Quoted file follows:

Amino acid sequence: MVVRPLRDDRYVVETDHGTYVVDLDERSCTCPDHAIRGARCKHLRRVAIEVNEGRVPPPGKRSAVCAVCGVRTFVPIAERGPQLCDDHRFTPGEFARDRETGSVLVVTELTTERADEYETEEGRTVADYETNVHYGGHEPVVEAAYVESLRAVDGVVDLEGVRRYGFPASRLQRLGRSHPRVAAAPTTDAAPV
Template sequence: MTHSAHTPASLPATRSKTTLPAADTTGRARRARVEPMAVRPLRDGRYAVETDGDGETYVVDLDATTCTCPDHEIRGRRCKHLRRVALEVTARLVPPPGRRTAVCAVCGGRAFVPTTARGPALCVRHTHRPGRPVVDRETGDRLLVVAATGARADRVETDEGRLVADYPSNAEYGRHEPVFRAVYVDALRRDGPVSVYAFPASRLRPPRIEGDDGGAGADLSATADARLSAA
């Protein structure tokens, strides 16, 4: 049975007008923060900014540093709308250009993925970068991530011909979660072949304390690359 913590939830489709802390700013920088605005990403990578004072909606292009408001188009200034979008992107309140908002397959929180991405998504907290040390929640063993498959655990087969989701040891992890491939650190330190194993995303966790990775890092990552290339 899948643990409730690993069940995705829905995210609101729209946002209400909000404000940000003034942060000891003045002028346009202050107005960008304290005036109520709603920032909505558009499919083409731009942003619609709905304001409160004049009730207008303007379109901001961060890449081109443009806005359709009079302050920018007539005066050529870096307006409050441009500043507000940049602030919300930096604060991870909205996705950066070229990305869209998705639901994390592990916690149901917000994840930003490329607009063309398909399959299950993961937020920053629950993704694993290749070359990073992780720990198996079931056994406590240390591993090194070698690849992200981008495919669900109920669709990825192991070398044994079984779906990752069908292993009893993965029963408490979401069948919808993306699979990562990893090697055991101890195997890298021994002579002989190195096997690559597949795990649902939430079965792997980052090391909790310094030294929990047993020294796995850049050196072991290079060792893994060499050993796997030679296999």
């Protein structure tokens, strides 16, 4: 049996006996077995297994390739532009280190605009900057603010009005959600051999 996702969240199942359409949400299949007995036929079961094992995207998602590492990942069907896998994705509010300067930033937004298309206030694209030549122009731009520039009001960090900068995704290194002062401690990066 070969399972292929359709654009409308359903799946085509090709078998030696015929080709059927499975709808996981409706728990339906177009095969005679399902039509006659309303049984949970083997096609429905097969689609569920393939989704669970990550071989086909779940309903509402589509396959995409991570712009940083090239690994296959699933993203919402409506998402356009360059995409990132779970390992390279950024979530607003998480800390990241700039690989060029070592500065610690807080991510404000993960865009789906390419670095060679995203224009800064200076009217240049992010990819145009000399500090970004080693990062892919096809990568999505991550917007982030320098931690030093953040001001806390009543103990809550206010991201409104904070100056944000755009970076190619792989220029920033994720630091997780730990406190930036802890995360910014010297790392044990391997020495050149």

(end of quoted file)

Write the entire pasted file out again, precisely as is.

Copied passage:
Amino acid sequence: MVVRPLRDDRYVVETDHGTYVVDLDERSCTCPDHAIRGARCKHLRRVAIEVNEGRVPPPGKRSAVCAVCGVRTFVPIAERGPQLCDDHRFTPGEFARDRETGSVLVVTELTTERADEYETEEGRTVADYETNVHYGGHEPVVEAAYVESLRAVDGVVDLEGVRRYGFPASRLQRLGRSHPRVAAAPTTDAAPV
Template sequence: MTHSAHTPASLPATRSKTTLPAADTTGRARRARVEPMAVRPLRDGRYAVETDGDGETYVVDLDATTCTCPDHEIRGRRCKHLRRVALEVTARLVPPPGRRTAVCAVCGGRAFVPTTARGPALCVRHTHRPGRPVVDRETGDRLLVVAATGARADRVETDEGRLVADYPSNAEYGRHEPVFRAVYVDALRRDGPVSVYAFPASRLRPPRIEGDDGGAGADLSATADARLSAA
């Protein structure tokens, strides 16, 4: 049975007008923060900014540093709308250009993925970068991530011909979660072949304390690359 913590939830489709802390700013920088605005990403990578004072909606292009408001188009200034979008992107309140908002397959929180991405998504907290040390929640063993498959655990087969989701040891992890491939650190330190194993995303966790990775890092990552290339 899948643990409730690993069940995705829905995210609101729209946002209400909000404000940000003034942060000891003045002028346009202050107005960008304290005036109520709603920032909505558009499919083409731009942003619609709905304001409160004049009730207008303007379109901001961060890449081109443009806005359709009079302050920018007539005066050529870096307006409050441009500043507000940049602030919300930096604060991870909205996705950066070229990305869209998705639901994390592990916690149901917000994840930003490329607009063309398909399959299950993961937020920053629950993704694993290749070359990073992780720990198996079931056994406590240390591993090194070698690849992200981008495919669900109920669709990825192991070398044994079984779906990752069908292993009893993965029963408490979401069948919808993306699979990562990893090697055991101890195997890298021994002579002989190195096997690559597949795990649902939430079965792997980052090391909790310094030294929990047993020294796995850049050196072991290079060792893994060499050993796997030679296999």
């Protein structure tokens, strides 16, 4: 049996006996077995297994390739532009280190605009900057603010009005959600051999 996702969240199942359409949400299949007995036929079961094992995207998602590492990942069907896998994705509010300067930033937004298309206030694209030549122009731009520039009001960090900068995704290194002062401690990066 070969399972292929359709654009409308359903799946085509090709078998030696015929080709059927499975709808996981409706728990339906177009095969005679399902039509006659309303049984949970083997096609429905097969689609569920393939989704669970990550071989086909779940309903509402589509396959995409991570712009940083090239690994296959699933993203919402409506998402356009360059995409990132779970390992390279950024979530607003998480800390990241700039690989060029070592500065610690807080991510404000993960865009789906390419670095060679995203224009800064200076009217240049992010990819145009000399500090970004080693990062892919096809990568999505991550917007982030320098931690030093953040001001806390009543103990809550206010991201409104904070100056944000755009970076190619792989220029920033994720630091997780730990406190930036802890995360910014010297790392044990391997020495050149």